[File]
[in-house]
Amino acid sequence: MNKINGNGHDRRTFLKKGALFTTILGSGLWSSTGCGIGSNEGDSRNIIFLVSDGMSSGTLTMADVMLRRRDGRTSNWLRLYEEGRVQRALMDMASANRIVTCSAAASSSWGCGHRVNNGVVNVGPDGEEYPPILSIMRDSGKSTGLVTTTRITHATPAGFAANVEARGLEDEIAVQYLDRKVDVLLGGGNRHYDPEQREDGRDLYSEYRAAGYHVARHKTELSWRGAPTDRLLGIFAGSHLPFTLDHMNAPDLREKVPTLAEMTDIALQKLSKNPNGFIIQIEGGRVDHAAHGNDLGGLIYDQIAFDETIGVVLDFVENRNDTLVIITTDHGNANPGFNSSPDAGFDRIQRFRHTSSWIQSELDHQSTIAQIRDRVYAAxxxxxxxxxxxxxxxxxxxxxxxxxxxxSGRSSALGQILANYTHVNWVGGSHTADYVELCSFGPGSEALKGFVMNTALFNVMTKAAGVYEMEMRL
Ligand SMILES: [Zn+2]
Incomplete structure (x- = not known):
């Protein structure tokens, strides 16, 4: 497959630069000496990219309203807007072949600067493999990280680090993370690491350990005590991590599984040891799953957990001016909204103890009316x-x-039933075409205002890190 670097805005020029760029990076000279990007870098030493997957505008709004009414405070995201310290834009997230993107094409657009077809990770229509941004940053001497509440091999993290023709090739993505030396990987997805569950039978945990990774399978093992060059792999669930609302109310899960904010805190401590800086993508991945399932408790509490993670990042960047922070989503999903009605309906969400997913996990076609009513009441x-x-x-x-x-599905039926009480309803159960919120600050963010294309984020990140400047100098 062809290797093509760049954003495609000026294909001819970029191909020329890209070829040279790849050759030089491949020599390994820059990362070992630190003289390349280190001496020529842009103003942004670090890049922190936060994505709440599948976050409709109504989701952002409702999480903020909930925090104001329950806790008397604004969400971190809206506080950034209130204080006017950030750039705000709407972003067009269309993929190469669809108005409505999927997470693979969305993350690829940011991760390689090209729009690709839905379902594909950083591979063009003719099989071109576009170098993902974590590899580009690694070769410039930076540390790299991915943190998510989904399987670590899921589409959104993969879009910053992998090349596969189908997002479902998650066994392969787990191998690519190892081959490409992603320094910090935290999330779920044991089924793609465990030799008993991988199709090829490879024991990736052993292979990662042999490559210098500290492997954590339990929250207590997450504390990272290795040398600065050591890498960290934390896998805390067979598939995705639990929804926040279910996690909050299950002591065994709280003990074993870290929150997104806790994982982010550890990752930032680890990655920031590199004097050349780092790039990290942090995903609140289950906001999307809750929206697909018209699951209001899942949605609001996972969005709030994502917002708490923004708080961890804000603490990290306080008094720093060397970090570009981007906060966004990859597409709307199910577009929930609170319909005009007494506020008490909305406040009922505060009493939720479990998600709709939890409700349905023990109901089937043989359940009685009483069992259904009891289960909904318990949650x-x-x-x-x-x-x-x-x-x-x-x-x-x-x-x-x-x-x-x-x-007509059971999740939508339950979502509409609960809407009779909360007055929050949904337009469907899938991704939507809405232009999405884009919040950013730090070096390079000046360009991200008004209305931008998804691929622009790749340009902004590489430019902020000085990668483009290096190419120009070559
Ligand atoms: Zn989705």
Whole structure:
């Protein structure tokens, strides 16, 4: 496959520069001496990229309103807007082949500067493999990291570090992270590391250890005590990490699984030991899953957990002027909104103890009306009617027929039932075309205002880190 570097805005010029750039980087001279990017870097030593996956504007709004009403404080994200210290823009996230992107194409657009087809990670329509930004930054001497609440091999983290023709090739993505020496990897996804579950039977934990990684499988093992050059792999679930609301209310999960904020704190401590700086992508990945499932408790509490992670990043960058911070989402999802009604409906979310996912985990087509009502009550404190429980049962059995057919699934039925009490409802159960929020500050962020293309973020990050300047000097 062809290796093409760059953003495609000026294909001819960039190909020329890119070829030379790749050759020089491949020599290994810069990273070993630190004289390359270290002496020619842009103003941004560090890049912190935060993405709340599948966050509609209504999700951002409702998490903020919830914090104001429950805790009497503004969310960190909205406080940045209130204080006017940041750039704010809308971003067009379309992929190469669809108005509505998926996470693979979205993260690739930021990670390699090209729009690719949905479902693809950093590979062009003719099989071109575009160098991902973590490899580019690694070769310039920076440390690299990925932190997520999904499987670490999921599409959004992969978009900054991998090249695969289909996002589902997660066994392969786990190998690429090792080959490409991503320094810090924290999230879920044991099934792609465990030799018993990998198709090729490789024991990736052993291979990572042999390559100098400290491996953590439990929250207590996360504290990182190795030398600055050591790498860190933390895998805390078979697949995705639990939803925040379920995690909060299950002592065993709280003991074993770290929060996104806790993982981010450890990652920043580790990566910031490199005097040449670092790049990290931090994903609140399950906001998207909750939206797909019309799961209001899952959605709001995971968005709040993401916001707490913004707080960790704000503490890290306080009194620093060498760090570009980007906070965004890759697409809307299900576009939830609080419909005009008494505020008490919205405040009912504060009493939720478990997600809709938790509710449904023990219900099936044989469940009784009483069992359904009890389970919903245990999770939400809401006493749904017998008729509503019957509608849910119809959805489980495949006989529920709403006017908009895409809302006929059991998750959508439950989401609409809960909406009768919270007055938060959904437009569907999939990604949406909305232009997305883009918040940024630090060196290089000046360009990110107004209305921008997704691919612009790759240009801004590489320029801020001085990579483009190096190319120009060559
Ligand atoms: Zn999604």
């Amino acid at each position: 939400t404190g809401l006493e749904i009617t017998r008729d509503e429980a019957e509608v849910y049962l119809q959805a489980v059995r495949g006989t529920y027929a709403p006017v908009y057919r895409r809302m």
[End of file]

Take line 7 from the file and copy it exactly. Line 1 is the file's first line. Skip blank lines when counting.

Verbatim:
Whole structure: